News, via Dan Goodin, writing at our beloved ArsTechnica, detailing an enormous factorization flaw within Infeneon-based 2048-bit RSA keys tied to a widening number of encryption products worldwide. The implications are equally enormous. H/T
'The researchers who uncovered the Infineon library flaw questioned whether the secrecy required by some of the certification process played a role. They wrote: Our work highlights the dangers of keeping the design secret and the implementation closed-source, even if both are thoroughly analyzed and certified by experts. The lack of public information causes a delay in the discovery of flaws (and hinders the process of checking for them), thereby increasing the number of already deployed and affected devices at the time of detection.' - via Dan Goodin at ArsTechnica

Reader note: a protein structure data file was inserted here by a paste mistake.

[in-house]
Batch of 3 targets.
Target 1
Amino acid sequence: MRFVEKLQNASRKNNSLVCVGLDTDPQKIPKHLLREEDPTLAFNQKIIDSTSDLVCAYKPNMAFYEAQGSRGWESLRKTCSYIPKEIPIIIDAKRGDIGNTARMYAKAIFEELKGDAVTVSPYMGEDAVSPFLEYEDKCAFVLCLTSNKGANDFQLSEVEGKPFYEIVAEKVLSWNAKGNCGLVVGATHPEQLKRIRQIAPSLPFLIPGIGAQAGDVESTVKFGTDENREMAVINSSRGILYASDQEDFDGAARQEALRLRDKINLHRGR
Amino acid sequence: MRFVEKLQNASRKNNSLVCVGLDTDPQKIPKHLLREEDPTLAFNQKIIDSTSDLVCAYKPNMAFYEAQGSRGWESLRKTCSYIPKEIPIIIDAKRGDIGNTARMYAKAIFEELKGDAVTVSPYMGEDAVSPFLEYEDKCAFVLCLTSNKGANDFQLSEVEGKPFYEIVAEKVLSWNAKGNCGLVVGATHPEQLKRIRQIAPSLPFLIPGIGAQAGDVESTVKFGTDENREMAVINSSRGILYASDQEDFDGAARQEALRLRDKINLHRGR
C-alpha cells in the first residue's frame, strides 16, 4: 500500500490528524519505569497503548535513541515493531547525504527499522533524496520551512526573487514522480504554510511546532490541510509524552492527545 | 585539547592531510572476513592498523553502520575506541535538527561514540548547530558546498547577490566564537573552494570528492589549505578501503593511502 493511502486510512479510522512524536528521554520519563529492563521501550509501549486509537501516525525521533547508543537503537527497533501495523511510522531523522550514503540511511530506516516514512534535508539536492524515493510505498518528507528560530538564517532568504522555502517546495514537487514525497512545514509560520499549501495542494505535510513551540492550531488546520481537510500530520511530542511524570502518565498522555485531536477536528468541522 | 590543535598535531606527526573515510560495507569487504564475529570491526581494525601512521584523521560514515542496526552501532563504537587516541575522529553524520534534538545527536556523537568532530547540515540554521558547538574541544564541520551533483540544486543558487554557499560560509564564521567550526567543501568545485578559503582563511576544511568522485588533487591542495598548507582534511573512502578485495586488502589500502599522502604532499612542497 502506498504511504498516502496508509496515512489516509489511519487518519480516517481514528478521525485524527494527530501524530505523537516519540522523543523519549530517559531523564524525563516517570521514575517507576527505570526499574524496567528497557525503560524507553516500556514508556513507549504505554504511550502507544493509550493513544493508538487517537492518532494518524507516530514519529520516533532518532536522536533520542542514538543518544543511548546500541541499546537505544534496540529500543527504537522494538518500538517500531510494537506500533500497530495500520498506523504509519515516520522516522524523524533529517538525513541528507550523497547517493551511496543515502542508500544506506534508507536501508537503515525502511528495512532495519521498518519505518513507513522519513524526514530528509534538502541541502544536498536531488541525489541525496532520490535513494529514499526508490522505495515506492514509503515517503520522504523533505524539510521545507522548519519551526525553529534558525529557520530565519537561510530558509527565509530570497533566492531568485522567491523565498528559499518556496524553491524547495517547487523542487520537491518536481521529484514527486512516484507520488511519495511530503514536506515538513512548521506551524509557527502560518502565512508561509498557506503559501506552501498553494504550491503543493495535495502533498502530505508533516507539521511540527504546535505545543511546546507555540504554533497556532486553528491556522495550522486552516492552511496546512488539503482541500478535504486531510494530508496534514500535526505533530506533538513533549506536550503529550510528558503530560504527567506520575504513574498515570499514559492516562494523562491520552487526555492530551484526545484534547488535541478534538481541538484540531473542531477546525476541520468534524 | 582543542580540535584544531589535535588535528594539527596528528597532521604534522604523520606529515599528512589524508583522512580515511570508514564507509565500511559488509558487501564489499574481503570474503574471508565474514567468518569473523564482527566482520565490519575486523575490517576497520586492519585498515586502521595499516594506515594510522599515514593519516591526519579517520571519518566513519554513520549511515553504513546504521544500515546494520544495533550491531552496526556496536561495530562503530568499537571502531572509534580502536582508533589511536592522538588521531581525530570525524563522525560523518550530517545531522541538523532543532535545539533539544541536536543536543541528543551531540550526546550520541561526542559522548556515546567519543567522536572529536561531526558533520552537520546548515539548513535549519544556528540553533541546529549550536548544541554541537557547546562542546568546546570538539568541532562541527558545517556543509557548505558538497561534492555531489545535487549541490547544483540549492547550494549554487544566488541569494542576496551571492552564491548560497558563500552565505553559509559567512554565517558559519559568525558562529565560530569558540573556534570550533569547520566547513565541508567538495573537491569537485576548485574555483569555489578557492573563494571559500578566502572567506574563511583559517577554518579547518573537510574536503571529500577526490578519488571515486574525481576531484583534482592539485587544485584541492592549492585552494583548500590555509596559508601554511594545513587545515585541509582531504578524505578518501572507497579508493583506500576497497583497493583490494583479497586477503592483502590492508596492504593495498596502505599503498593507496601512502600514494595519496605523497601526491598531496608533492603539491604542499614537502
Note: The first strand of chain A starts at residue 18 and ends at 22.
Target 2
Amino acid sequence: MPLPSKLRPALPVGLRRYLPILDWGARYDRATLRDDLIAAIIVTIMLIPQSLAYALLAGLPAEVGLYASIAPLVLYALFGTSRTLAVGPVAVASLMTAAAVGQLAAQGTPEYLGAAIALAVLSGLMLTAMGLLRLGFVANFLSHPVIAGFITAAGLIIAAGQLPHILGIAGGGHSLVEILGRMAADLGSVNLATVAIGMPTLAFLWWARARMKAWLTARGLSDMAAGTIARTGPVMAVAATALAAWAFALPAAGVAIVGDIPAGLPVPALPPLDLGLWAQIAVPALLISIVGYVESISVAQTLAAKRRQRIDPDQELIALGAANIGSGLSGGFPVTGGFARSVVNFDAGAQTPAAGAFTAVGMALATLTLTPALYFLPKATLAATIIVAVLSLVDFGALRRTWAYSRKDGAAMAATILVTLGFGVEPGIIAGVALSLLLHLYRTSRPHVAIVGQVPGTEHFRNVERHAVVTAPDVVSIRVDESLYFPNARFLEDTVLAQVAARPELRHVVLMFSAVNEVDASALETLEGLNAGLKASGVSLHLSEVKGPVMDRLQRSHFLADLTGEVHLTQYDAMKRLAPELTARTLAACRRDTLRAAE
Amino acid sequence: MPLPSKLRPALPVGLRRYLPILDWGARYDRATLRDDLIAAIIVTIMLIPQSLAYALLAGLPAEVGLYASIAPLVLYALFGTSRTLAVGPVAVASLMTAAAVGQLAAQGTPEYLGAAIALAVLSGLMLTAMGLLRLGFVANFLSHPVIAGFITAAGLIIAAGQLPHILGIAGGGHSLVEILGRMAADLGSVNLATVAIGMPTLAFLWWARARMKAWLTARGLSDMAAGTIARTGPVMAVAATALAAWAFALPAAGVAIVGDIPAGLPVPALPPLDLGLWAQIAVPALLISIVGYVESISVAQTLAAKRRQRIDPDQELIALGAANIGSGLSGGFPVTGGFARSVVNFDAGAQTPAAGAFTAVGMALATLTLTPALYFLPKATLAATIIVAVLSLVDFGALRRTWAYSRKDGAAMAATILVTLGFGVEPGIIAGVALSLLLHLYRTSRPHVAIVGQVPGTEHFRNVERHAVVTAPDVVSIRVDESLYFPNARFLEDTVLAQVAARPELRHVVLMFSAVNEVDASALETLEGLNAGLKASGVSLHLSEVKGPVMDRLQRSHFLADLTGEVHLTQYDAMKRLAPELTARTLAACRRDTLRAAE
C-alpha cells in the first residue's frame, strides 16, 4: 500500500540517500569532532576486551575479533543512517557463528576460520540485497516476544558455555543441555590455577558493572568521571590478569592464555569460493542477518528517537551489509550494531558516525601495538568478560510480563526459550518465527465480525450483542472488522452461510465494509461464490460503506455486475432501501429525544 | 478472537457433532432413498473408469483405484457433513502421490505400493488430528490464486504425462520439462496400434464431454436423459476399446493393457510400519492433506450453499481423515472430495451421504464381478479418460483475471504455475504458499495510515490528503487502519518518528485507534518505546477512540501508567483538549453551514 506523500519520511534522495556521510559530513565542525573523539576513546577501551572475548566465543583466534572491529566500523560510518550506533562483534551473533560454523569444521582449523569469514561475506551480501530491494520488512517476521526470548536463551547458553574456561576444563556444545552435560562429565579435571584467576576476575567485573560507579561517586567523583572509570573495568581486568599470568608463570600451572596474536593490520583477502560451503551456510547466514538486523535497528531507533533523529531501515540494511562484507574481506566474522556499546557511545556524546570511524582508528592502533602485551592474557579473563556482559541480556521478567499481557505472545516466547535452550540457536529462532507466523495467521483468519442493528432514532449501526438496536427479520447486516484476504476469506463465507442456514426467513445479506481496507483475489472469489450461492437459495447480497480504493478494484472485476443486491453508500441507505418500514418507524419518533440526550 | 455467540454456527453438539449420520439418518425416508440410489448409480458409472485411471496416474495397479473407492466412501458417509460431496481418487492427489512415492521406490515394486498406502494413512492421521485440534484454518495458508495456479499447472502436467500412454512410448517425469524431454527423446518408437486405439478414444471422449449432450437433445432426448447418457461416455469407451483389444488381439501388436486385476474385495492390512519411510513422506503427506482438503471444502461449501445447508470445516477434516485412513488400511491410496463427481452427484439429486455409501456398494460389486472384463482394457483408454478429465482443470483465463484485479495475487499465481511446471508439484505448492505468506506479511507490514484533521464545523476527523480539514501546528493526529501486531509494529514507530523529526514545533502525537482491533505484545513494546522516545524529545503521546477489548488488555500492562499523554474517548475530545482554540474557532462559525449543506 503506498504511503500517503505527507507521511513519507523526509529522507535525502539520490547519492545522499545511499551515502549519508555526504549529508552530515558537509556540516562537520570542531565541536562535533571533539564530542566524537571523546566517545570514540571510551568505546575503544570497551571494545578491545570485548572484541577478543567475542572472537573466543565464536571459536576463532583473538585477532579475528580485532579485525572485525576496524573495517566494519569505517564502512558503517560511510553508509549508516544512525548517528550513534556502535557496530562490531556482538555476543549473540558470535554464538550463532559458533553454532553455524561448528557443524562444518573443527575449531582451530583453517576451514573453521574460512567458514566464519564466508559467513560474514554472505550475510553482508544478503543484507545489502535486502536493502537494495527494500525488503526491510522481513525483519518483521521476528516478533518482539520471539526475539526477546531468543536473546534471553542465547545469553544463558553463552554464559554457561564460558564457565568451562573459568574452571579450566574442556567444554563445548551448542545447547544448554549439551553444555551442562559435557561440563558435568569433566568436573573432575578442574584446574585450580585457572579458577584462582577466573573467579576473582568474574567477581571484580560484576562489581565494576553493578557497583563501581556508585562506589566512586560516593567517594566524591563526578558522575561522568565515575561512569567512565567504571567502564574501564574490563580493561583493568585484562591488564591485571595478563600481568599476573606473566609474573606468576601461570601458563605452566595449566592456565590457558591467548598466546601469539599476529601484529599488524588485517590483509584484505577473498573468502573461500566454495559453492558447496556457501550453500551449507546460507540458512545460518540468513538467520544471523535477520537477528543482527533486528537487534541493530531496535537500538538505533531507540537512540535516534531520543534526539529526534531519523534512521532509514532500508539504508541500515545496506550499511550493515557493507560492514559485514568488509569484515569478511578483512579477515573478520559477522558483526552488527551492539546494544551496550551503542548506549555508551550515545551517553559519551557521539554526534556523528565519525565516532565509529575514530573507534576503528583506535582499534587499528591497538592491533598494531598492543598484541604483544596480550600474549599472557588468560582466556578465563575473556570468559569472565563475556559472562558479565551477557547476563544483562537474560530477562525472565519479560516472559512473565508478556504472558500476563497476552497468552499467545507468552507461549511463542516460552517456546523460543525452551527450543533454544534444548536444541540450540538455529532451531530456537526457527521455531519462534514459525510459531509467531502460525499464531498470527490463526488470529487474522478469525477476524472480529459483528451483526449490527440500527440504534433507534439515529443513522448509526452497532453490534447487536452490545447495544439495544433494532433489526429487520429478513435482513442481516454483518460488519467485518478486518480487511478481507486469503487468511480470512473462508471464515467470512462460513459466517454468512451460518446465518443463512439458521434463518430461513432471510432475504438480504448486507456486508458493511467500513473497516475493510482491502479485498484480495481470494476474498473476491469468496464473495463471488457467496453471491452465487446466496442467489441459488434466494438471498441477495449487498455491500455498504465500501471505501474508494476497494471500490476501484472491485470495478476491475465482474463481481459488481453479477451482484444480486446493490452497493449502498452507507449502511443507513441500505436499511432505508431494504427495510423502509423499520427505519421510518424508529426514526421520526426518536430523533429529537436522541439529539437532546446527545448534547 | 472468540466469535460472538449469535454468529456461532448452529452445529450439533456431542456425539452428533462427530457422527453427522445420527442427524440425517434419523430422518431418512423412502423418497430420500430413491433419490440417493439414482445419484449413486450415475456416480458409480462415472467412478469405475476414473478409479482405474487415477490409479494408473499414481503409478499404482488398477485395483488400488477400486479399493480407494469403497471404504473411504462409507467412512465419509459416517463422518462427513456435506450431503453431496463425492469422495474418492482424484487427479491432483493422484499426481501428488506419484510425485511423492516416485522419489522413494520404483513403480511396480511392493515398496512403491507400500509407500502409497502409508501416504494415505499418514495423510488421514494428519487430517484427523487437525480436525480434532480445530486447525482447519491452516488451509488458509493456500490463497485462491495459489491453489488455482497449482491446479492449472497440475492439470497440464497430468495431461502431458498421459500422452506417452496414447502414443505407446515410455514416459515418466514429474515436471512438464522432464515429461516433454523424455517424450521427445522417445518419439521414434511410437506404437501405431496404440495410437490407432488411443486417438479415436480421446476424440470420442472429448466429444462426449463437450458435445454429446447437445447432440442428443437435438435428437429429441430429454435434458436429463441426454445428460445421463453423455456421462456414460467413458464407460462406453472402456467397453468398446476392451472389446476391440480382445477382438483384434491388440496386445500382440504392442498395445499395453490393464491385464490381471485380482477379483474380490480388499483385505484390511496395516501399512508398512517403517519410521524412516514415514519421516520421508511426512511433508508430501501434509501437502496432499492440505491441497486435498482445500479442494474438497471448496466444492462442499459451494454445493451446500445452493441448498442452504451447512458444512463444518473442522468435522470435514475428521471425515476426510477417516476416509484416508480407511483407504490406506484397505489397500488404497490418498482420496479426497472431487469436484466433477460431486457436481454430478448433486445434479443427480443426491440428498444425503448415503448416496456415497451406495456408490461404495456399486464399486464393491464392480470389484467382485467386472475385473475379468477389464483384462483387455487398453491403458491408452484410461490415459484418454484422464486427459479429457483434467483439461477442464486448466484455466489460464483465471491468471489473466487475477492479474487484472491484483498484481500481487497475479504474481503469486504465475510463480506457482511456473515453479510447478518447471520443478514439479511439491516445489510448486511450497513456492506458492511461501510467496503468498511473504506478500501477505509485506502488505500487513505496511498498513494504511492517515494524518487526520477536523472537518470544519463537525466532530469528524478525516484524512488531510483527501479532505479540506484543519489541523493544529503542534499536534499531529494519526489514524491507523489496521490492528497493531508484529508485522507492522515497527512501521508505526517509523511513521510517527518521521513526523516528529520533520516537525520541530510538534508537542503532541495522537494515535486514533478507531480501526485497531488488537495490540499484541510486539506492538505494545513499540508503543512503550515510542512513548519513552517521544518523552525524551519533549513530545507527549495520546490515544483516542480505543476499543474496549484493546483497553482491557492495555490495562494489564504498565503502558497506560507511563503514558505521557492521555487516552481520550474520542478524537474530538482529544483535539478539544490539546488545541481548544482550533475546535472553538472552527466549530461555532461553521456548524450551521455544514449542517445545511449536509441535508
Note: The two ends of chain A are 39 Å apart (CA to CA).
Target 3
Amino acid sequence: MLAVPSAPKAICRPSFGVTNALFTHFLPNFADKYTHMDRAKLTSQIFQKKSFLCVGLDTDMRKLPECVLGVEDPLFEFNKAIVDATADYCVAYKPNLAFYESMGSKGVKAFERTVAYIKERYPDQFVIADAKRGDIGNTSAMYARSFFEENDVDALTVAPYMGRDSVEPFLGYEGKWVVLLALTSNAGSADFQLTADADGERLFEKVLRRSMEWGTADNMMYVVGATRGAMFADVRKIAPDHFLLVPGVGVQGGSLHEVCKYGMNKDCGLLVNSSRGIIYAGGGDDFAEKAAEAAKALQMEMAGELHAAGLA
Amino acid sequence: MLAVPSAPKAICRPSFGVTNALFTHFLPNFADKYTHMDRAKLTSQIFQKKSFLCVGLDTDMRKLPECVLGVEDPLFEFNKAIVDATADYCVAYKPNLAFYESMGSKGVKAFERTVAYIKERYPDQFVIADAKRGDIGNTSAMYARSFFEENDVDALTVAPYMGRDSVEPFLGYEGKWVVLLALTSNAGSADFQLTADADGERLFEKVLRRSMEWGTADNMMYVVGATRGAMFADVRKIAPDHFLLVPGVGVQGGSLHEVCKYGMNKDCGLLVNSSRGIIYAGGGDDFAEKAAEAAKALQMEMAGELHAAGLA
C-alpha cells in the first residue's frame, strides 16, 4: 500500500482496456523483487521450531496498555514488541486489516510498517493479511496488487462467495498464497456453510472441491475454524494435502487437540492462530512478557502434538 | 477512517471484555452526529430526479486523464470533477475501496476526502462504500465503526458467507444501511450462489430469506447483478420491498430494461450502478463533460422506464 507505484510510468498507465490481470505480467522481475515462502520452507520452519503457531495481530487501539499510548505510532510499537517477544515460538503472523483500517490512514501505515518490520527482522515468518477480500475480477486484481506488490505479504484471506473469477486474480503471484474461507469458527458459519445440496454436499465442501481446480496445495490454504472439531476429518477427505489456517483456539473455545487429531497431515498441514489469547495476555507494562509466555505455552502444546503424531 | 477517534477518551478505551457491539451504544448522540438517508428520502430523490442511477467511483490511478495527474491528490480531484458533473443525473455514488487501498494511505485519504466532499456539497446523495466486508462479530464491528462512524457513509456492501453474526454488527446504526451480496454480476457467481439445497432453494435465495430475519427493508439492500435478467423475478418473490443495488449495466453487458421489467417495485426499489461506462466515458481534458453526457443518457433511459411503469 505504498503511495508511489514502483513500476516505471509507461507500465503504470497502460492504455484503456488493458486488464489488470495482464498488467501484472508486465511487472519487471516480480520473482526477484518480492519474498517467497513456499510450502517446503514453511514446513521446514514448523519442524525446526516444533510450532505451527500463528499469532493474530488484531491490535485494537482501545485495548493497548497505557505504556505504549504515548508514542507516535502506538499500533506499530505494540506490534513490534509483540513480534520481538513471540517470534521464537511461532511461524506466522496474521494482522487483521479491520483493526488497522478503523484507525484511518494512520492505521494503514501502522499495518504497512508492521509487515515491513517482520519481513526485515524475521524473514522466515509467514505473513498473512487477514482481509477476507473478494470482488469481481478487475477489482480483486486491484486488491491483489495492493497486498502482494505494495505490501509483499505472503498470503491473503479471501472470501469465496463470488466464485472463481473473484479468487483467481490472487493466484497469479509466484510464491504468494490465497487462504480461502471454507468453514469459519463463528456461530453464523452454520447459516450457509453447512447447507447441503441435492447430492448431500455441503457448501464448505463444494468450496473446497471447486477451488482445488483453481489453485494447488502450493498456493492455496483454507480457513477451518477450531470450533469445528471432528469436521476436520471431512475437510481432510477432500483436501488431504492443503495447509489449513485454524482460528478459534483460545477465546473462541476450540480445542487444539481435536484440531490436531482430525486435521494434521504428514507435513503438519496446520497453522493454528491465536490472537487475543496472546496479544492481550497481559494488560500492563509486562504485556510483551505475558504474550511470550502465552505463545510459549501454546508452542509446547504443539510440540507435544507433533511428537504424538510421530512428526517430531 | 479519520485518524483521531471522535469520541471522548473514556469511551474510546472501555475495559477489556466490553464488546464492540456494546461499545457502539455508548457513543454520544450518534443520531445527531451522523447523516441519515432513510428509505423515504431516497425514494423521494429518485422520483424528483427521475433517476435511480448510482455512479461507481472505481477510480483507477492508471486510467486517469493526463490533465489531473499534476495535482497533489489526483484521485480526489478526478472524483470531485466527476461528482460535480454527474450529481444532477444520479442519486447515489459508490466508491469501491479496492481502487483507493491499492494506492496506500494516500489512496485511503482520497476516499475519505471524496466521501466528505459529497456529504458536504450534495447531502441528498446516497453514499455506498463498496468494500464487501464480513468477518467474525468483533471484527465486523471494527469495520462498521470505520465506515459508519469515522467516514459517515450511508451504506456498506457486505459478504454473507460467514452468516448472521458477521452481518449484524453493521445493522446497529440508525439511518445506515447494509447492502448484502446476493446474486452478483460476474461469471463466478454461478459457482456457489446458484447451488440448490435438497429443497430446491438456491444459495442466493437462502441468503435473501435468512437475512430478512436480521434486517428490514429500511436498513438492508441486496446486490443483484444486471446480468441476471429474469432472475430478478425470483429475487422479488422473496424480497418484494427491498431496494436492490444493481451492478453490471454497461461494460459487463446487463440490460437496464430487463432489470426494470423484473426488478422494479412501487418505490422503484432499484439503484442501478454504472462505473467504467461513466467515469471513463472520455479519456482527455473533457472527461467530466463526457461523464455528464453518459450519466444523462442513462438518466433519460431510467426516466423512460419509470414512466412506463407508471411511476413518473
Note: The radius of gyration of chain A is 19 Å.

'In a key reinstallation attack, the adversary tricks a victim into reinstalling an already-in-use key. This is achieved by manipulating and replaying cryptographic handshake messages. When the victim reinstalls the key, associated parameters such as the incremental transmit packet number (i.e. nonce) and receive packet number (i.e. replay counter) are reset to their initial value. Essentially, to guarantee security, a key should only be installed and used once. Unfortunately, we found this is not guaranteed by the WPA2 protocol. By manipulating cryptographic handshakes, we can abuse this weakness in practice.' - via Mathy Vanhoef, Ph.D. and Frank Piessens, Ph.D.